We love flowers! Not just looking at, smelling, arranging, planting, stroking (just to see if they are real!), but we also love drinking them. Nothing delights us more than sitting at our favorite bar with a cocktail covered in flowers. The intense colors contrast beautifully with the typically muted pastels of the liquid inside the glass or even enhance an already vibrantly colored cocktail. Lucky for us, it’s April and we all know what those April showers bring.
Flowers and herbs are often used in tinctures, tonics, and salves to cure upset stomachs, indigestion, inflammation, or pain relief in general. We can even use them to soothe our psychological pain, like the opium poppy, which was a fixture worldwide in the late 1800s. However, this is not about hallucinogens, this is about libations.
Orange Blossom Water
Orange blossom water is literally the essence of orange blossoms, specifically bitter oranges typically found in the Caribbean and coasts of the Americas. Blossoms and stems are boiled and the essence trapped in the steam is captured. Orange blossom water is typically used in French and Middle Eastern cooking, and to our delight, a few classic cocktails like the Ramos Gin Fizz. Probably every New York bartender has experienced this, three people deep at the bar, service tickets spilling out of the printer, and some guy you accidentally make eye contact with wants a Ramos Gin Fizz. At Skurnik we love making them. To make life easy keep cream, egg whites, and orange blossom water on hand. The Ramos Gin Fizz was apparently so popular in New Orleans that 30 or more men were hired to shake the drinks for the required 12-15 minutes. Our recipe is more simple, at about minute five, we get thirsty.
Ramos Gin Fizz
- 2 oz Greenhook Ginsmiths American Dry Gin
- .75 oz split of fresh lemon & lime juice
- .75 oz simple syrup
- 1 ounce heavy cream
- 1 egg white
- splash soda water
- orange blossom water
Combine liquid (except orange blossom water) in small shaking tin, and cream and egg white in large shaking tin (keep these separate in case you drop an egg shell, you can quickly dump and crack another egg.) Close tins tightly and do a quick dry shake. Open the tins and add ice for your wet shake. Shake this about a minute, grab your chilled fizz or Collins glass, strain contents into small tin and add a splash of soda water. Now pour all the contents into a chilled glass, which should be almost full, and place it in the freezer. Clean up your tins, talk to your friend, make more drinks, and give that guy patiently waiting for the most time-consuming drink in history a big smile, because this should all take about 1-3 minutes. Remove your Ramos Gin Fizz from the freezer. To the naked eye nothing has really changed, but add another splash of soda water and watch the contents raise up out of the glass and don’t get greedy, stop before you make a mess. From here either spray your orange blossom on the top or take an eye dropper and drop three drops directly in. Voile!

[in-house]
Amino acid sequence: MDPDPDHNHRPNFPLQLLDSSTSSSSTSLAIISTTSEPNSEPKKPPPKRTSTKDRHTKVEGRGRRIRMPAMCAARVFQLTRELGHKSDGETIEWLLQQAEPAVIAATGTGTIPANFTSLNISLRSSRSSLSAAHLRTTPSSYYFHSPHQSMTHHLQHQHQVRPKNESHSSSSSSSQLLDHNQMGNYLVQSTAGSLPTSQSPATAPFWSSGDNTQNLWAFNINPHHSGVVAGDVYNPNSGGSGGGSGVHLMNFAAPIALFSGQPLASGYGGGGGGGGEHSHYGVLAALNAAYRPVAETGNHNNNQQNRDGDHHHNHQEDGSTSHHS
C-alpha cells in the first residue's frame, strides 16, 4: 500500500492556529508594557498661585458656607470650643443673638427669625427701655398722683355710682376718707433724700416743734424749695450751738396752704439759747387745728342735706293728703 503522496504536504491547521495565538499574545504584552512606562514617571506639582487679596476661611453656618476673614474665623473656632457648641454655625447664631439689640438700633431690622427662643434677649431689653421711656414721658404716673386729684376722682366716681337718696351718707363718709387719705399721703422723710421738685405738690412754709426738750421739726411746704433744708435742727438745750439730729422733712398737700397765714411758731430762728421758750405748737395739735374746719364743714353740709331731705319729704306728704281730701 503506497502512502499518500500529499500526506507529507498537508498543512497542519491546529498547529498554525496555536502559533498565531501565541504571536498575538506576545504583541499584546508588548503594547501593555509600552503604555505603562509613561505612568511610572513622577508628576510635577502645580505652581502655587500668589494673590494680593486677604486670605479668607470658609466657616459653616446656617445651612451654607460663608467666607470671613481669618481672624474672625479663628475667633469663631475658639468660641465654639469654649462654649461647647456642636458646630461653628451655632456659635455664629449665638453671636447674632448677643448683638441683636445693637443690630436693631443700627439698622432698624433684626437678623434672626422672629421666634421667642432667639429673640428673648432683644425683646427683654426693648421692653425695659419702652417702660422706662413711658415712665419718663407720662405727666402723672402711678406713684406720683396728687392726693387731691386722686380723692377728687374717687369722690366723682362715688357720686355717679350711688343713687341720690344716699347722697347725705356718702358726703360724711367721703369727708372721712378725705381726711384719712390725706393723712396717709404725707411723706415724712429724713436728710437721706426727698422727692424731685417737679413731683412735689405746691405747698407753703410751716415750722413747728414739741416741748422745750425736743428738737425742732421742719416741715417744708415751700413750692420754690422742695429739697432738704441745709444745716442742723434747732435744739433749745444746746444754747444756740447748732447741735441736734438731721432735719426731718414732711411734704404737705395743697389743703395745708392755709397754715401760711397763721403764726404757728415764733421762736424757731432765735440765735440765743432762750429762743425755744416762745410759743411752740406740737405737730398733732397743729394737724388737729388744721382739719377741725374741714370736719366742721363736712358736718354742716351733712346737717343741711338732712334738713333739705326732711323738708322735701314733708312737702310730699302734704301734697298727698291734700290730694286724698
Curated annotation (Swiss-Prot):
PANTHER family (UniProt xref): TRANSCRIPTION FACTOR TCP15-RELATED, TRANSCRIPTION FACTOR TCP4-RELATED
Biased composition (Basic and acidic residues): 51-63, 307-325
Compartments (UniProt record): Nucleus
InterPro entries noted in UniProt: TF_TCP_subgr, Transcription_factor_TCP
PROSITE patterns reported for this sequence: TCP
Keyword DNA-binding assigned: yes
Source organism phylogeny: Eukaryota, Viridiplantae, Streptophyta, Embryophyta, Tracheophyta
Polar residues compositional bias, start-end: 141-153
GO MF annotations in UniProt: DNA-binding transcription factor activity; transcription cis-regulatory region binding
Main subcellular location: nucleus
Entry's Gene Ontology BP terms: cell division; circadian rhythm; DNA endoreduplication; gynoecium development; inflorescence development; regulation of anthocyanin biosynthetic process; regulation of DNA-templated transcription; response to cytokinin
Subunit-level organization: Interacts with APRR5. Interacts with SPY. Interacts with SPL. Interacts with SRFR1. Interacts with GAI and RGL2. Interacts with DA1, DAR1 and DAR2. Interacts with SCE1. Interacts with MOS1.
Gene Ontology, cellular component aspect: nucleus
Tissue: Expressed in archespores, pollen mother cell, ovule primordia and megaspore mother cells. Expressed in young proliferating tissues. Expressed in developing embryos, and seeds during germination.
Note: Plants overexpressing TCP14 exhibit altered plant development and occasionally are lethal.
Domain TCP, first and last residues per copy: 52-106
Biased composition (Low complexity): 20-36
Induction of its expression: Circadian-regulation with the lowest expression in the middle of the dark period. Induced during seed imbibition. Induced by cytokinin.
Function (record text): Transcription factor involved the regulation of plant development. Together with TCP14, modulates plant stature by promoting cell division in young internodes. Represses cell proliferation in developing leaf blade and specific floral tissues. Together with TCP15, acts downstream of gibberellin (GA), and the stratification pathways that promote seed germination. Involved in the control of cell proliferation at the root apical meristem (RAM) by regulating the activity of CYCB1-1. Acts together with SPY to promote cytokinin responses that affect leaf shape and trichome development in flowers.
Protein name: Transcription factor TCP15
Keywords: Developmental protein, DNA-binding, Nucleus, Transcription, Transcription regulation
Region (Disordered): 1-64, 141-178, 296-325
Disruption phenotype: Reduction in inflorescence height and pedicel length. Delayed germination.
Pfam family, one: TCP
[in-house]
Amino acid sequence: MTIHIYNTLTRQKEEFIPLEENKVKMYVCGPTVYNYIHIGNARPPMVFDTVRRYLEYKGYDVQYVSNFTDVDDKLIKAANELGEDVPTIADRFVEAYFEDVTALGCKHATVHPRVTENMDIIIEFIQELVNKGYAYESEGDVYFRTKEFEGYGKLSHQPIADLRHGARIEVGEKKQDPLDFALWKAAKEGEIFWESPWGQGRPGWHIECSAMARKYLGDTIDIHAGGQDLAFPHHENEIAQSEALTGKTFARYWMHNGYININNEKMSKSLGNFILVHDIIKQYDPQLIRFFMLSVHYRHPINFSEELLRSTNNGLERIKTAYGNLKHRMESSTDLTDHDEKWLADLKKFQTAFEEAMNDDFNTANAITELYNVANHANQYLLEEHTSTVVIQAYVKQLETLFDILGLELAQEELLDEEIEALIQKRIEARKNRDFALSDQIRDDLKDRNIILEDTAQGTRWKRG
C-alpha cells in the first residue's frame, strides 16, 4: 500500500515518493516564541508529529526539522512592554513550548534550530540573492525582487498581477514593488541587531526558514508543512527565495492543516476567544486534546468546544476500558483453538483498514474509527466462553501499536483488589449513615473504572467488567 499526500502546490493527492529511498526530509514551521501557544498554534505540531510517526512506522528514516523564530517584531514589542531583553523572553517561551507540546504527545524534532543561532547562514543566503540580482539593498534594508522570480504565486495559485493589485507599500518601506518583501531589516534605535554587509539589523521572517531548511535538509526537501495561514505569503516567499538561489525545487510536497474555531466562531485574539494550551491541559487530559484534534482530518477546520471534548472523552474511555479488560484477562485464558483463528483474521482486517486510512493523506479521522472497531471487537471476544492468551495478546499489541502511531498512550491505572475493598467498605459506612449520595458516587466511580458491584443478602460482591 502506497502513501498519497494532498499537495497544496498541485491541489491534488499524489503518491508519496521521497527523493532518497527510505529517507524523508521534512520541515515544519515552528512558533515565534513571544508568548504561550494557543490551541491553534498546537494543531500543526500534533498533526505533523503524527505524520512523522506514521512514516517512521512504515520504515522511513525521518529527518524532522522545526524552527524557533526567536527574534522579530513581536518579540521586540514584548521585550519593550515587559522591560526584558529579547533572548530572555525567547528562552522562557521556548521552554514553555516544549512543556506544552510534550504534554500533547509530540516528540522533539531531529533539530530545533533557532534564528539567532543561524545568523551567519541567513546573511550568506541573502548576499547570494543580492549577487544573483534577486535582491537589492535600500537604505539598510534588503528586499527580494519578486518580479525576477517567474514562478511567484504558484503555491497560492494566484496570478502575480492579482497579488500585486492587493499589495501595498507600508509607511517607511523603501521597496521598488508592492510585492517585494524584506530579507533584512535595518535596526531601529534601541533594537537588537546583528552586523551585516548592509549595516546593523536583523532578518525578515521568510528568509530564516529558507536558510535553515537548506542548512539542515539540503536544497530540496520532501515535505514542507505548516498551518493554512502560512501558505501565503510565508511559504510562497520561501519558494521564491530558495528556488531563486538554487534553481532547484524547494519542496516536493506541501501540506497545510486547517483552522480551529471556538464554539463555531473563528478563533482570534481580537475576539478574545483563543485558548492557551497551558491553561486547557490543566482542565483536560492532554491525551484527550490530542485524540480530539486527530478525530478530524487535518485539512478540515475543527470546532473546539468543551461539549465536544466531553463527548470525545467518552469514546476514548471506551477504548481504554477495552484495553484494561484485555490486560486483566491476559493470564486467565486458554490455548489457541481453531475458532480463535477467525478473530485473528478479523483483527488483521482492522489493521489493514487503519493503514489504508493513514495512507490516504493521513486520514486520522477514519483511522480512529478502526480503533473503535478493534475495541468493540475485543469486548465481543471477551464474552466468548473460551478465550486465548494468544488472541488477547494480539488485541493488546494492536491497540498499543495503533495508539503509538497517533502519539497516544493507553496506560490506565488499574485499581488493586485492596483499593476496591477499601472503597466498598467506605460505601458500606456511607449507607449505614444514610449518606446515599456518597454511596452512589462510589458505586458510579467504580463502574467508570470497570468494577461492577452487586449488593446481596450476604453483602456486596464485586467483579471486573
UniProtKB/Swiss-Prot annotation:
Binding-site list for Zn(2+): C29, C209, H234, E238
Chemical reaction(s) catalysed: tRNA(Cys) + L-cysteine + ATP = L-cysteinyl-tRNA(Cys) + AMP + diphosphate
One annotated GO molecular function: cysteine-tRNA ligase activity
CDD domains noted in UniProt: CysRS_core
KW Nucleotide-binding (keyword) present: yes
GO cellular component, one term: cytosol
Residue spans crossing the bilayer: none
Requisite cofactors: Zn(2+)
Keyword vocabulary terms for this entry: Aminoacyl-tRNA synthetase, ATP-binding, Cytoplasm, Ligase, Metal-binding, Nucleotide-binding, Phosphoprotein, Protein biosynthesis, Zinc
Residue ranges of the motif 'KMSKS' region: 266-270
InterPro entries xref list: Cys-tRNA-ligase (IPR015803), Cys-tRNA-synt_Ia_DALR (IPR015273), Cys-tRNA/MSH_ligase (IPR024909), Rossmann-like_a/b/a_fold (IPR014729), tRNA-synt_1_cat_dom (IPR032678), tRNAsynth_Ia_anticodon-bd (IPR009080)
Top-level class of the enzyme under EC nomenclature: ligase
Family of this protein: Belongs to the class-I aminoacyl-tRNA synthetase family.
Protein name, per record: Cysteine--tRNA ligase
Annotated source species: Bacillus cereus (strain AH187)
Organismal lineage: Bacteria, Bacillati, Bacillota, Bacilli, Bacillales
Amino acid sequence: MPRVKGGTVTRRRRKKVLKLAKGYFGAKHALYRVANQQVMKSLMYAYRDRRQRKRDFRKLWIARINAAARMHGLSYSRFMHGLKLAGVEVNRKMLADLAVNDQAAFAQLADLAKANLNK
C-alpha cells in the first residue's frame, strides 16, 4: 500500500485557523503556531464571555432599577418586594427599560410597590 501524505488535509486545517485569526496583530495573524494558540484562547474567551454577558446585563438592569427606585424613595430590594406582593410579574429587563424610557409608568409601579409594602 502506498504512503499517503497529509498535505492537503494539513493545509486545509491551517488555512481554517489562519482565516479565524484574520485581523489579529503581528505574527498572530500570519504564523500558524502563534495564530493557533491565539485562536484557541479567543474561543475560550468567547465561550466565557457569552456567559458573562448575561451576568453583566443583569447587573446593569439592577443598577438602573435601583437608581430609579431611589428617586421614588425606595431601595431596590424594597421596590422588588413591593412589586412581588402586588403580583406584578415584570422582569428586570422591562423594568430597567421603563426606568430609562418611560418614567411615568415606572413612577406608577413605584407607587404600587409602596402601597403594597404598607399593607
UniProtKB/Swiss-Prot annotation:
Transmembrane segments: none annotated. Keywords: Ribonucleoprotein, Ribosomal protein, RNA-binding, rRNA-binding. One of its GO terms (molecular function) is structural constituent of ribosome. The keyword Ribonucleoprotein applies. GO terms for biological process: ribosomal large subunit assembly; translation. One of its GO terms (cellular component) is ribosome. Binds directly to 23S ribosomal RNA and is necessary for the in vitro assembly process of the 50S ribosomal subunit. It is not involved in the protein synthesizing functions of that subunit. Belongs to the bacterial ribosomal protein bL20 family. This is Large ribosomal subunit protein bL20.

Rose water is a little more common, often used in Indian cuisine, as well as in lotions, toners, and make-up. Beckey McFalls-Schwartz, currently of Bar Moga, used it in her original cocktail— a Gershwin at Little Branch.
- 2 oz Neversink Gin
- .75 oz Giffard Ginger of the Indies
- .75 oz fresh lemon juice
- .25 oz simple syrup
- Rose water
Combine in a mixing tin, shake, and serve up in a chilled coupe. Garnish with rose water spritzed on top of the liquid and add an optional ginger candy. Sip on a rooftop in spring weather.
Flowers as Garnishes
The most important thing here is that you get organic flowers, rather than going to your local florist check at your local organic grocery store, as anything in the herb section is safe. We love working with dried lavender, chamomile, and rose buds. For fresh flowers go to the famers market and check the greens section, you’ll be surprised! Pansies, violets, and orchids are our favorite fresh flowers to use. Pansies and violets both add flavor while orchids are merely decorative, especially in Tiki cocktails like The Missionary’s Downfall, created by Don the Beachcomber circa 1948.
The Missionary’s Downfall
- 1.5 oz El Dorado Cask Aged 3yr White Rum
- .25 oz Giffard Crème de Peche de Vigne
- 1.5 oz pineapple juice
- .75 oz fresh lime juice
- .25 oz honey syrup
- 4 sprigs of mint
This drink is blended! Throw everything into your blender and blend with small amount of ice. The blended mint with the fresh pineapple juice turns the drink a rich green color and creates a beautiful froth. Pour into a chilled coupe or serve over crushed ice in a pilsner glass. Garnish lavishly with mint and an organic orchid.
Crème de Violette & Crème Yvette
Probably most famous for the Aviation cocktail, but we love a lesser known drink: The Attention. This cocktail is a take on a classic martini and can be found in Sasha Petraske’s guide, Regarding Cocktails.
- 2 oz of Hans Reisetbauer Blue Gin
- .75 oz Giffard Crème de Violette
- .75 oz dry vermouth
- 3 dashes orange bitters
Combine ingredients in a mixing glass, add ice, stir, and serve in a chilled coupe. Crack a lemon twist over the top to garnish. To be extra floral use a violet garnish as well, and instead of orange bitters we recommend lavender bitters made by Bar Keep.
Spring is blooming, now go find yourself an excuse to enjoy these delicious, flowery cocktails.